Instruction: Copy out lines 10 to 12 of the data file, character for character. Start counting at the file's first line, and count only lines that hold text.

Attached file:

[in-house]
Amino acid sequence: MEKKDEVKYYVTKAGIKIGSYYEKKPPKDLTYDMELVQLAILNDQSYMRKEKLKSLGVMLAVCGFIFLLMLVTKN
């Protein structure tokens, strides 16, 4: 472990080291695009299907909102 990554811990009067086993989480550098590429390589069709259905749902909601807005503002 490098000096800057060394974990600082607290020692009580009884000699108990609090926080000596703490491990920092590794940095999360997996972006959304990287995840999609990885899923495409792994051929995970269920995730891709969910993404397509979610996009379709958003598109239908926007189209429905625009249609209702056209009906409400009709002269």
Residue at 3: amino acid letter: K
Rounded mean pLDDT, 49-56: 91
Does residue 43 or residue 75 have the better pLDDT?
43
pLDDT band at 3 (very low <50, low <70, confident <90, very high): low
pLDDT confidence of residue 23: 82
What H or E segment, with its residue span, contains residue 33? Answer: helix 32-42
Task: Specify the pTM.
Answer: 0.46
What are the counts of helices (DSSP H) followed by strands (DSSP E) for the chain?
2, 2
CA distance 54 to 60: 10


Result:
What H or E segment, with its residue span, contains residue 33? Answer: helix 32-42
Task: Specify the pTM.
Answer: 0.46